Antarctic control on tropical western Indian Ocean sea surface temperature and productivity during the late Pleistocene


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Sarah.Romahn [ at ] awi.de

Abstract

We reconstructed water column structure and surface productivity in the tropical western Indian Ocean to identify to what extent changes in surface water temperature and paleoproductivity are atmospherically controlled by the East African monsoon system or controlled by the ocean via subsurface water masses of Antarctic origin. For this purpose we analyzed proxy records of a 14C-AMS dated sediment Core GeoB12615-4 off Tanzania (07°08.30’S / 39°50.45’W, 446 m water depth) that spans the last 40 kyr. The hydrography at this site is influenced by a northwestern branch of the South Equatorial Current, the East African Coastal Current, which receives its water mainly via the Indonesian Throughflow and by equatorial upwelling of Subantarctic Mode Water (SAMW) at 5-10°S [Schott and McCreary, 2001]. The East African Monsoon may affect primary productivity and water mass stratification via nutrient and fresh water influx, respectively, from Rufiji River into the Indian Ocean. We used Mg/Ca ratios of the planktic foraminifer Globigerinoides ruber white (s.s.) for past sea surface temperature (SST) reconstructions and stable carbon isotope ratios of G. ruber white (s.s.) and the benthic foraminifer Planulina ariminensis for paleoproductivity calculations. We find strong correlations between paleoproductivity and SST. In addition, high δ13C values of bottom water coincide with low SST on centennial timescales. Most important, however, the SST pattern during the deglaciation resembles temperature records from continental Antarctic ice cores, with an early SST increase at ∼19 kyr BP and a distinct temperature setback, simultaneous to the Antarctic Cold Reversal. We suggest SAMW to be the most likely thermal link between western tropical Indian and Antarctic Oceans during the past 40 kyr and, moreover, to be the main control on marine primary productivity. Our conclusion corroborates earlier studies suggesting the SST in the Western Indian Ocean to be controlled by SAMW and thereby modulated by Antarctic temperature [Kiefer et al., 2006; Naidu and Govil, 2010]. Kiefer, T. McCave, I.N. and Elderfield, H. (2006). Antarctic control on tropical Indian Ocean sea surface temperature and hydrography, Geophys. Res. Lett, 33, L24612. Naidu, P. D., and P. Govil (2010). New evidence on the sequence of deglacial warming in the tropical Indian Ocean, Journal of Quaternary Science, 25(7), 1138-1143. Schott, F. A., and J. P. McCreary (2001). The monsoon circulation of the Indian Ocean, Progress In Oceanography, 51(1), 1-123.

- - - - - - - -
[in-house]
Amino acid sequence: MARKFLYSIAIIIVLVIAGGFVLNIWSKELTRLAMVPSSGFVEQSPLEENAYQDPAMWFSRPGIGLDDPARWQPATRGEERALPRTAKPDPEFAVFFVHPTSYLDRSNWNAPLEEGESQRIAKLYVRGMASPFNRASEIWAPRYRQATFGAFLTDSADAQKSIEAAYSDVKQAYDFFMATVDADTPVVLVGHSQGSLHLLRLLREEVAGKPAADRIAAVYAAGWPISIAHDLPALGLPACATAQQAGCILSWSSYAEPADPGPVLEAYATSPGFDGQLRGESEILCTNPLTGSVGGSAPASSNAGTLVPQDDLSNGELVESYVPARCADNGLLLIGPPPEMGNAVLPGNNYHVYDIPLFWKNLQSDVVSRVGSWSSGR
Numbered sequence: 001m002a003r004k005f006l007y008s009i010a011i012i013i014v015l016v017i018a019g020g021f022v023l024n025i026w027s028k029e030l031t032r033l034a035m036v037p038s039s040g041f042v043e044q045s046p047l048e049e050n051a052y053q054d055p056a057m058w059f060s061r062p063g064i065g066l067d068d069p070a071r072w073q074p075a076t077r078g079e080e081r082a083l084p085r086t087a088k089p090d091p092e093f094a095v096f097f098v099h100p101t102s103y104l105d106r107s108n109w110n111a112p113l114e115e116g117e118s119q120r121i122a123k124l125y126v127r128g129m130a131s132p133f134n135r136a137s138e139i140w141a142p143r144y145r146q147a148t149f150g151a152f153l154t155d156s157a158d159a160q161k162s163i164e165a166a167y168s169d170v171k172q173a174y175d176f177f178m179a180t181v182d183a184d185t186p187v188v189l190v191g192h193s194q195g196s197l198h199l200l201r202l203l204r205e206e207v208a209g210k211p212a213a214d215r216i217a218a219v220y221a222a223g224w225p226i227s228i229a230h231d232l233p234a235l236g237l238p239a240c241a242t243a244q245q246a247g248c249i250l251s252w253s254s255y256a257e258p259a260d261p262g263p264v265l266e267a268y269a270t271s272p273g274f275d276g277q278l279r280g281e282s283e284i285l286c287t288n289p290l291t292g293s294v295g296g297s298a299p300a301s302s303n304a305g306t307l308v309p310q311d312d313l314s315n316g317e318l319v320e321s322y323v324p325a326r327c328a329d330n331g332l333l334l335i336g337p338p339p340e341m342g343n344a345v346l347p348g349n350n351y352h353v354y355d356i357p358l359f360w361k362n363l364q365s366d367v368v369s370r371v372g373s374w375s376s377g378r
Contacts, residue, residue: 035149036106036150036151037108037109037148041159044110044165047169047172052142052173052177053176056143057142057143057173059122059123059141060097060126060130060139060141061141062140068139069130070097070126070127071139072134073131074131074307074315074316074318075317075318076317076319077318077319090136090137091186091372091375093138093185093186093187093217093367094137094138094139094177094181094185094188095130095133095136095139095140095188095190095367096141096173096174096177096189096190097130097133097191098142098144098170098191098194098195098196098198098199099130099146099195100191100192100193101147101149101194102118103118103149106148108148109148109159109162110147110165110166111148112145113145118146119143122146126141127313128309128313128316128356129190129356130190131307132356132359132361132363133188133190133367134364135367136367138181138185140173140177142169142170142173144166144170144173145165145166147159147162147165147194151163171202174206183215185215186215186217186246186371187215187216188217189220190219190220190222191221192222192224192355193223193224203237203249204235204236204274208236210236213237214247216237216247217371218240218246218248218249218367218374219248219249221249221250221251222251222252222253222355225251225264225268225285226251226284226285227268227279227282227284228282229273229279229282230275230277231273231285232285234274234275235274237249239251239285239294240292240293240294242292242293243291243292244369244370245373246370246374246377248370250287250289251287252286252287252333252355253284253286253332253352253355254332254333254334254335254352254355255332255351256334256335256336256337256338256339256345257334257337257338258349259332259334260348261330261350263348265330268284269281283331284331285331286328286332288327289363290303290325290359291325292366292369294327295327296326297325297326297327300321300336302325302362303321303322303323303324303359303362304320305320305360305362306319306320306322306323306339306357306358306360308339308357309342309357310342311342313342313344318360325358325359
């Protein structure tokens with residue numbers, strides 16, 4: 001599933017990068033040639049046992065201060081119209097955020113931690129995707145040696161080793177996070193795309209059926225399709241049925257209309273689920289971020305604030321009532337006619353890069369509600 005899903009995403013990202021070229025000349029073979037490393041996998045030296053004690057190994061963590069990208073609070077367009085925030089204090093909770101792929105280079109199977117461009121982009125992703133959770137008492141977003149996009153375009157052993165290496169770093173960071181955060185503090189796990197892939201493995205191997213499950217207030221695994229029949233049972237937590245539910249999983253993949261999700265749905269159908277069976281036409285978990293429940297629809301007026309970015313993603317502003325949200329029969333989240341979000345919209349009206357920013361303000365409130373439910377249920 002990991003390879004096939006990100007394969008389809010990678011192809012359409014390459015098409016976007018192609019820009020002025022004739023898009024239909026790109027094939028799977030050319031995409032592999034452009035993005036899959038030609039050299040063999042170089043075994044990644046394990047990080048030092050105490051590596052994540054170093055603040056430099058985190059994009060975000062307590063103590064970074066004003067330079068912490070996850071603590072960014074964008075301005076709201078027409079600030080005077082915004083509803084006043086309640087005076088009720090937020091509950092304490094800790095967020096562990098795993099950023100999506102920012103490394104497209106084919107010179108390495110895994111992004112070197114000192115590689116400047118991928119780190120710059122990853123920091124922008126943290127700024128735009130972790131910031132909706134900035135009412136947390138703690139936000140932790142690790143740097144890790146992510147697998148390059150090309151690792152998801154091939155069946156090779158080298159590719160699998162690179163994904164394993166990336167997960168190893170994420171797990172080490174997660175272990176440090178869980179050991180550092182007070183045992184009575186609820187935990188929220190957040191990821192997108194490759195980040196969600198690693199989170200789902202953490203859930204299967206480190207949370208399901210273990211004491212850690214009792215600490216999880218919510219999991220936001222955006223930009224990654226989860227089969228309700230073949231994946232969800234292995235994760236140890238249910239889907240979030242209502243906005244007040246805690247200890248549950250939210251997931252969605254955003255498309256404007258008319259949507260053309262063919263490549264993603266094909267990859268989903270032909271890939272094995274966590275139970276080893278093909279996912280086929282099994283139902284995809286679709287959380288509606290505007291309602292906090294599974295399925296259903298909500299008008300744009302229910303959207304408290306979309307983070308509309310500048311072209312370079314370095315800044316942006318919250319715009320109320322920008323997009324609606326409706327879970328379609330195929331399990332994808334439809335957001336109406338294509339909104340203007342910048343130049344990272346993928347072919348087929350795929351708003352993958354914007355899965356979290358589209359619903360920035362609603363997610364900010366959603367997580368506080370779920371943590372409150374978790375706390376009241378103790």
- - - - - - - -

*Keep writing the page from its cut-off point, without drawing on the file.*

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Conference (Poster)
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Not peer-reviewed
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Published
Event Details
The Agulhas System and its Role in Changing Ocean Circulation, Climate, and Marine Ecosystems - American Geophysical Union Chapman Conference, 08 Oct 2012 - 12 Oct 2012, Stellenbosch, South Africa.
Eprint ID
33058
Cite as
Romahn, S. , Mackensen, A. , Pätzold, J. and Groeneveld, J. (2012): Antarctic control on tropical western Indian Ocean sea surface temperature and productivity during the late Pleistocene , The Agulhas System and its Role in Changing Ocean Circulation, Climate, and Marine Ecosystems - American Geophysical Union Chapman Conference, Stellenbosch, South Africa, 8 October 2012 - 12 October 2012 .


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